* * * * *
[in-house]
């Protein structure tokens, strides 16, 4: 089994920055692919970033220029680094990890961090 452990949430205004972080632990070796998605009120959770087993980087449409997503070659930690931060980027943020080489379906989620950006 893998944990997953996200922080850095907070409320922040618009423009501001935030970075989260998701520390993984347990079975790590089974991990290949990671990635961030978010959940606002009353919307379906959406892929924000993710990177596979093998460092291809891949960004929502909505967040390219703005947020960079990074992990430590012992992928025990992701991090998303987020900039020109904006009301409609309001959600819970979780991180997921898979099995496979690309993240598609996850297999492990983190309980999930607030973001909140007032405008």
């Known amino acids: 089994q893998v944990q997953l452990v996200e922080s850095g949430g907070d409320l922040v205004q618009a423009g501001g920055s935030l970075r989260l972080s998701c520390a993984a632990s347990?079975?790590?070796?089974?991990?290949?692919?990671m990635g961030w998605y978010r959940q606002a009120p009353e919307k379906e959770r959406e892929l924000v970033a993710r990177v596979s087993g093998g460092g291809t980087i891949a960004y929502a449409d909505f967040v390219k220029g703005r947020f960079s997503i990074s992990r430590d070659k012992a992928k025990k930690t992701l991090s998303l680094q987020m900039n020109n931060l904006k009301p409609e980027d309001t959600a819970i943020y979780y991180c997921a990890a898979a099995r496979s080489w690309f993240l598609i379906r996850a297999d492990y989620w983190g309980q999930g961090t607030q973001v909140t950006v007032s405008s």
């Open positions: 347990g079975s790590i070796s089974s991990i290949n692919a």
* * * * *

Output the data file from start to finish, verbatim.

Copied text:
[in-house]
């Protein structure tokens, strides 16, 4: 089994920055692919970033220029680094990890961090 452990949430205004972080632990070796998605009120959770087993980087449409997503070659930690931060980027943020080489379906989620950006 893998944990997953996200922080850095907070409320922040618009423009501001935030970075989260998701520390993984347990079975790590089974991990290949990671990635961030978010959940606002009353919307379906959406892929924000993710990177596979093998460092291809891949960004929502909505967040390219703005947020960079990074992990430590012992992928025990992701991090998303987020900039020109904006009301409609309001959600819970979780991180997921898979099995496979690309993240598609996850297999492990983190309980999930607030973001909140007032405008």
């Known amino acids: 089994q893998v944990q997953l452990v996200e922080s850095g949430g907070d409320l922040v205004q618009a423009g501001g920055s935030l970075r989260l972080s998701c520390a993984a632990s347990?079975?790590?070796?089974?991990?290949?692919?990671m990635g961030w998605y978010r959940q606002a009120p009353e919307k379906e959770r959406e892929l924000v970033a993710r990177v596979s087993g093998g460092g291809t980087i891949a960004y929502a449409d909505f967040v390219k220029g703005r947020f960079s997503i990074s992990r430590d070659k012992a992928k025990k930690t992701l991090s998303l680094q987020m900039n020109n931060l904006k009301p409609e980027d309001t959600a819970i943020y979780y991180c997921a990890a898979a099995r496979s080489w690309f993240l598609i379906r996850a297999d492990y989620w983190g309980q999930g961090t607030q973001v909140t950006v007032s405008s």
């Open positions: 347990g079975s790590i070796s089974s991990i290949n692919a």